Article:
By Bruce James
On Sunday morning, December 28, 1986, at age 55, Billy J. James slipped peacefully into that rest remaining for God’s people (Heb. 4:9). He had been seriously ill for several days and had fought a hard battle with cancer until finally being overcome. He had fought another battle with cancer fifteen years before, and, with God’s help won. Many times I think of how God answered good king Hezekiah’s prayer and how He answered prayer for Bill. Each time I face the grim fact of death, I realize more than ever that “this world is not my home, I’m just passing through.” But I want to do more than think of death at this time. I want to pay tribute to my uncle, brother and true friend, Billy J. James, with the hope that his example will help us all to see more clearly the true meaning of life.
Bill was a good husband and father. He loved and cared about his family deeply. He gave them everything he knew to give, especially the knowledge and example to do what’s right. Many homes lack that kind of consideration today. Bill saw the need and he filled it. Bill taught me how to love the truth – by standing up for it. He began preaching in 1955 on the south side of Chicago where a handful of courageous people of God began the task of establishing a faithful church in that area in an old store front. It wasn’t anything for our worship to be disrupted by hollering in the doors, banging on the windows, and even rotten tomatoes or eggs thrown in the windows. This did not stop the church from growing. In fact, it helped all of us in our stand. It wasn’t too long after that, that Bill got the opportunity to preach at 410 S. Michigan in Chicago. As he continued to study he was given the opportunity to move to Burbank, Illinois where he labored from 1960 to 1963. From there he and Flossie, his first wife moved to Beaver Dam, Kentucky. In 1966, they moved to, Louisville, where he worked with the West End and Eastside churches. While at Eastside, he was asked to work with the good church in Paragould, Arkansas at 2nd and Walnut. He worked with the church there for eight years at which time (1976) he was given the opportunity to move to Grenada, Mississippi. In 1980, he was asked to serve as one of the elders of that local church, an evidence of the high esteem the brethren had for him there. There he stayed until his death. For 31 years Bill preached the gospel, fought error, stood for and with Jesus Christ. You would never find Bill on the sidelines. He was always. studying, asking questions, discussing the truth with “whosoever will.” He had a keen mind and used it properly. He had no use for fence-straddlers because they have never helped the cause of Christ. While in’the hospital at Memphis, he told me of is love for my dad and mom and that he didn’t ever want to quit preaching the word. He had set the example on being one that “finished the course.”
Bill taught me how to face hardships without becoming bitter or soured on the world. His first bout with cancer was while in Paragould, Arkansas. The doctors didn’t give him much hope to live but he faced the odds and, with the help of God and family, he overcame them. During this time, his first wife, Flossie (who was the reason he became a Christian) developed complications with her heart from an early childhood disease, and after a series of strokes over a period of 18 months, passed from this life at the age of 40. On that Wednesday evening, after making preparations for her funeral, he left for the church building to teach the Wednesday Bible class. Bill, with the help of his daughters, Sharon and Denise, and his son, Billy, continued on. While in a gospel meeting in Illinois, he met Kathy Boyle, the daughter of Carmel and Marcine, one of the elders of the church. Kathy and Bill married in 1975 and had two children: Stacy (10) and Adam (6). They loved one another deeply and their goals were the same. In the summer of 1986, tumors on the brain and lung were discovered. While going through the difficult treatments of chemotherapy he received a letter from his insurance company cancelling his policy. Being one who was more than concerned with paying his debts, this seemed to have a devastating effect on his ever recovering, and finally he passed away. But even in death there were no ugly scars on his soul. He knew how to take the bitter with the sweet, how to adjust in difficult circumstances. He was a man of character. In fact, the greatest tribute that I could ever pay to Bill and men like him, is in simply saying he was a good man at home, in the church and in the community. He was a leader, not a follower, except of Jesus Christ.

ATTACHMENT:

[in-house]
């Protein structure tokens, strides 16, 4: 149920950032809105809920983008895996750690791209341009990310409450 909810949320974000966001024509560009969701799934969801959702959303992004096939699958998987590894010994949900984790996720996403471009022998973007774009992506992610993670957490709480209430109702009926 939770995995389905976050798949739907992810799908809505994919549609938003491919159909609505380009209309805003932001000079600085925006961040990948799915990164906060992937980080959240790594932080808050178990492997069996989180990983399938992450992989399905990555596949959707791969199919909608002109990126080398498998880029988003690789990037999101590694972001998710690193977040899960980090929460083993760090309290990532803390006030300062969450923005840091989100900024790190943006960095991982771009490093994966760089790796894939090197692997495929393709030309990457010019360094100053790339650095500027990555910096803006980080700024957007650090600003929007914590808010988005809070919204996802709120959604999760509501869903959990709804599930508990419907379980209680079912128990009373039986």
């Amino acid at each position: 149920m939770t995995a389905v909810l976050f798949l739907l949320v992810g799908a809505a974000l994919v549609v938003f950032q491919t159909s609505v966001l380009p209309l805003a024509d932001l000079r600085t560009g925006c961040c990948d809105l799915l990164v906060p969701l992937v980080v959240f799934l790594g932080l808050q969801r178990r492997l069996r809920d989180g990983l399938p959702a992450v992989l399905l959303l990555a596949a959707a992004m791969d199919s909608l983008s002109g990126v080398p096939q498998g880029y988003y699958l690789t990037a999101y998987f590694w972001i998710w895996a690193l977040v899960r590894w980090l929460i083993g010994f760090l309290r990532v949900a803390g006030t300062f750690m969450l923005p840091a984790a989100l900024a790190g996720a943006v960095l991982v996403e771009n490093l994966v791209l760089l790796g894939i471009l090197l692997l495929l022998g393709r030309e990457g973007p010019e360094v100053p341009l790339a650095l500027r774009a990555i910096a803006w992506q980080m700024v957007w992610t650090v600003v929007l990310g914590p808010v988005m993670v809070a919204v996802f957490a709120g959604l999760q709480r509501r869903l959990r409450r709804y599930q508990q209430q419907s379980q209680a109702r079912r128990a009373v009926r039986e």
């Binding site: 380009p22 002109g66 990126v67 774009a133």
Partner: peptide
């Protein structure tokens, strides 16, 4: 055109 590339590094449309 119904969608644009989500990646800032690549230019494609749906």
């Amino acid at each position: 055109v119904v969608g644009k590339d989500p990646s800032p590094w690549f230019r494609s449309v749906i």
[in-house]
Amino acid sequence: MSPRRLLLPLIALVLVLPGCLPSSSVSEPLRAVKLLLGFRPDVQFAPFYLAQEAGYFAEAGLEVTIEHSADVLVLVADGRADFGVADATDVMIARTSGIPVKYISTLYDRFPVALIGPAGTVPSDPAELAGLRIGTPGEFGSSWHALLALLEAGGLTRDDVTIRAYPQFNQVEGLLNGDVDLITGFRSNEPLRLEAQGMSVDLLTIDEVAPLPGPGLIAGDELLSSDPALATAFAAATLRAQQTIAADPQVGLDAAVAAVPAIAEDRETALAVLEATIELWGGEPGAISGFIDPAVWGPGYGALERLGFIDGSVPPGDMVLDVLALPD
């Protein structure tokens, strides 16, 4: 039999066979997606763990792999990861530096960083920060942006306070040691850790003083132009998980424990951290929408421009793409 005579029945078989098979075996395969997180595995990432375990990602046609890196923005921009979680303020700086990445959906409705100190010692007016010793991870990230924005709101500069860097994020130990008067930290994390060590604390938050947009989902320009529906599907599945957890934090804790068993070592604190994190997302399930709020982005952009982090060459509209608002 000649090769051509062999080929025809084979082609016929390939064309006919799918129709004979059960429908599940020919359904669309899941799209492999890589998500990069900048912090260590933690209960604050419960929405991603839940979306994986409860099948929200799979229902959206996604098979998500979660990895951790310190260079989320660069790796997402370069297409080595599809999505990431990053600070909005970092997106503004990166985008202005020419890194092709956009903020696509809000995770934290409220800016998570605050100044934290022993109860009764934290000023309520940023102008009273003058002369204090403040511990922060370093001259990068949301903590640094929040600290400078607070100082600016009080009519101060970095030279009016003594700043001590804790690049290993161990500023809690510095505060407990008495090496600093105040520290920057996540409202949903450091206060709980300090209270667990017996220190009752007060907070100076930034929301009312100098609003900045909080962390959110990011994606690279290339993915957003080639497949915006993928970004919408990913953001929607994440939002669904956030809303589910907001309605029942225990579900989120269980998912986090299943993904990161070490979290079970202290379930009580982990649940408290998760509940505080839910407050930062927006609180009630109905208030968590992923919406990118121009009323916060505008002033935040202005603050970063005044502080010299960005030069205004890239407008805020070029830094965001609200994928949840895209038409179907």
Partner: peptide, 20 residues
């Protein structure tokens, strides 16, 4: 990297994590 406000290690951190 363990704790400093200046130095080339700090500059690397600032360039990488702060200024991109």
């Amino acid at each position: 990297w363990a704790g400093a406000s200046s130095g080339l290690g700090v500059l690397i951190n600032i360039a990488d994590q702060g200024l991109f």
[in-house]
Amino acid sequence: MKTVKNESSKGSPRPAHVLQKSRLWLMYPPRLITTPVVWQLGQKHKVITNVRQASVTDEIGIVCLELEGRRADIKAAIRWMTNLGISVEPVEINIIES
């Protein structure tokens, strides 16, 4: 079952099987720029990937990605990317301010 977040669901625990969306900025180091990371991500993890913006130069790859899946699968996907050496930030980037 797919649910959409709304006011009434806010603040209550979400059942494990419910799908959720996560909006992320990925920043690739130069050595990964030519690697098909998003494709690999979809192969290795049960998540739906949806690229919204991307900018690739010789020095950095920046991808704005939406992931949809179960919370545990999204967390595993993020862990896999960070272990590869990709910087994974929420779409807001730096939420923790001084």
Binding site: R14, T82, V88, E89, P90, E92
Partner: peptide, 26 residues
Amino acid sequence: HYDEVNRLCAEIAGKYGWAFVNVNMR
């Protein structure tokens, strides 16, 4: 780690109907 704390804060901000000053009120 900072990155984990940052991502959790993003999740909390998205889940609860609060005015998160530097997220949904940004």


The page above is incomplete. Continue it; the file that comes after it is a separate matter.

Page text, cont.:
Funeral services were held in Paragould, Arkansas and his body was laid to rest in Kennett, Missouri. A memorial service was also held in Grenada, Mississippi.
(Note: Bill’s wife, Kathy, is le t with a $12, 000 medical bill, not to speak of the needs of the family for the future. The church in Grenada has shown a supreme example of love and benevolence to them by continuing their support. Other brethren have sent help in their relief. If you can help in,any way, she can be contacted thru the elders at the following address. Church of Christ, 175 Van Dorn St., Grenada, MS 38901.)
Guardian of Truth XXXI: 4, p. 115
February 19, 1987